Looking a Gift-Horse in the Mouth

Submitted by Guest Blogger on Thu, 04/11/2019

The new playground built by local community and fire department volunteers. 

A new baseball field built by the local Eagles or American Legion.

Equipment bought with money raised at bake sales, community rummage sales and raffles. 

Celebrations and ribbon cuttings with children and families eating hotdogs, drinking lemonade and playing. 

The generosity of community members and volunteer groups from small towns to large cities to raise the money, build and donate some of the much needed recreation facilities. 

Sometimes the donations fall a little short to pay for all the features of the playground or maybe the planners and volunteers lack information on accessibility for these projects.  What happens when the playground with accessible play equipment has sand or pea rock instead of an accessible route to allow children and others who use mobility devices to actually enter and use the play equipment?  What happens when the baseball field lacks the proper accessible parking, bathroom grab bars and only has an inaccessible grass path to the bathroom?

“Don’t Look a Gift-Horse in the Mouth” is an old saying meaning when you receive a gift, you shouldn’t look too closely or critique the standard of the gift.  For cities, counties or other organizations it may be prudent to take the time to examine the Gift-Horse to ensure it meets the requirements for accessibility and in the case of playgrounds, safety.  Once the playground or ball park becomes part of the town’s facilities, they are now responsible for maintenance, repairs, insurance and accessibility.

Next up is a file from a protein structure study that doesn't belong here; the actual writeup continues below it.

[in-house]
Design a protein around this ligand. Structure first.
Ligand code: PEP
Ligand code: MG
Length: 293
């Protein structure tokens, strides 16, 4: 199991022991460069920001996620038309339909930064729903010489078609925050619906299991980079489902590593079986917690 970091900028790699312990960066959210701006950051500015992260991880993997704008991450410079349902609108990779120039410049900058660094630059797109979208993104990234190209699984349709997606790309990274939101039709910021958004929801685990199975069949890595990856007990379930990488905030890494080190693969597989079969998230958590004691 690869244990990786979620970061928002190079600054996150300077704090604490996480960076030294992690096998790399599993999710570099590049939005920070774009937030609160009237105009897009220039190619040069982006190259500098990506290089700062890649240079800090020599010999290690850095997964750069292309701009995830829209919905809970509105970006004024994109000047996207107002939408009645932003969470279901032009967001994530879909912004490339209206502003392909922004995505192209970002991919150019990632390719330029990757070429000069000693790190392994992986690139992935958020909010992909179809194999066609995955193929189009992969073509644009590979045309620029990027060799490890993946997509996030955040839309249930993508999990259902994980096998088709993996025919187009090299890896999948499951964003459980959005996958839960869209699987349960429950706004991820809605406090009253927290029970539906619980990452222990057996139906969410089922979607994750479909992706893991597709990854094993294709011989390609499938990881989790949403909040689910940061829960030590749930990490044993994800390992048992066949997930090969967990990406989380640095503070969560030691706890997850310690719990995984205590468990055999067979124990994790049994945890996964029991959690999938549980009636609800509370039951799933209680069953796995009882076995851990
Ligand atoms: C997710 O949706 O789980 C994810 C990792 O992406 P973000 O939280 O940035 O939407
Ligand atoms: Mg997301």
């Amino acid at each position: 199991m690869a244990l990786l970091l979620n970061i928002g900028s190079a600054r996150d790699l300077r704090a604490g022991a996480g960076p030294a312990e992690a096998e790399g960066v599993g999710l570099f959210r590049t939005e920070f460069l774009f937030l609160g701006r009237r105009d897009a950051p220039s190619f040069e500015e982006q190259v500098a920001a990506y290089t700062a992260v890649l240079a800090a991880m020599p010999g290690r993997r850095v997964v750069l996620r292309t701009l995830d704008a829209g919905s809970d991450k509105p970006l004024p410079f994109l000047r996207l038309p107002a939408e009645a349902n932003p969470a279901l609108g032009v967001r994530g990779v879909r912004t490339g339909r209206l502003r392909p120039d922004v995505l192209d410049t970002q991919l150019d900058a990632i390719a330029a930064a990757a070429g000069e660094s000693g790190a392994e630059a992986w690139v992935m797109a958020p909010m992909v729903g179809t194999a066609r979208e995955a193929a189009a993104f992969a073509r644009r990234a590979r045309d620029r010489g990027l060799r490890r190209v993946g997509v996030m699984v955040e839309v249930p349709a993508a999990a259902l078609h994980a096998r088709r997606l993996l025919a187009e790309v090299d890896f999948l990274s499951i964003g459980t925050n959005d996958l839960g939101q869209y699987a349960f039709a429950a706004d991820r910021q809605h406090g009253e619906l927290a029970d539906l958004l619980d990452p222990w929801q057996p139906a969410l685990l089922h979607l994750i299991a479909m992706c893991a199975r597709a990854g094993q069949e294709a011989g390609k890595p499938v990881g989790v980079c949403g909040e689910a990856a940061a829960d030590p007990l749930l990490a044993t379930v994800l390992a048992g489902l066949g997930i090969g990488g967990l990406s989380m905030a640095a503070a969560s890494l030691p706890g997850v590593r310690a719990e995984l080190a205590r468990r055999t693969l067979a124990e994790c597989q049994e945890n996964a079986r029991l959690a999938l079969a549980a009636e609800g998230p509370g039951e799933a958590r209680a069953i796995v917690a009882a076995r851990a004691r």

Sometimes local or state non-profits write grants for equipment to improve the life of others.  One example is the North Dakota Breast Feeding Coalition which wrote a grant to access state and federal funding for providing breastfeeding and lactation stations.  The coalition bought 5 Mamava brand breastfeeding/lactation stations, donated and installed them in five of our major airports.  Mamava makes two models, one wheelchair accessible and one not accessible.  The stations are a self-contained pod allowing a person to breastfeed or express milk in a private environment. 

The airports were happy to have the new amenities.  My employer, Options, surveyed the local airport and found the station installed was not the accessible model.  We reviewed the other airports and found only two of the five Mamava units installed were accessible.  Options then worked through the Federal Aviation Administration. As a result, two of the three inaccessible units replaced with accessible units and one inaccessible unit removed.    

The Rocky Mountain ADA Center and state affiliates/ambassadors can be a great resource to help evaluate projects and provide information on basic accessibility requirements to help volunteers either meet accessibility needs or help organizations determine what additional work they will need to do to make the facility or program accessible.  Take the time and make the call.

 

Written by: Corey Birkholz, ADA and Accessibility with Options, IRCIL in North Dakota.


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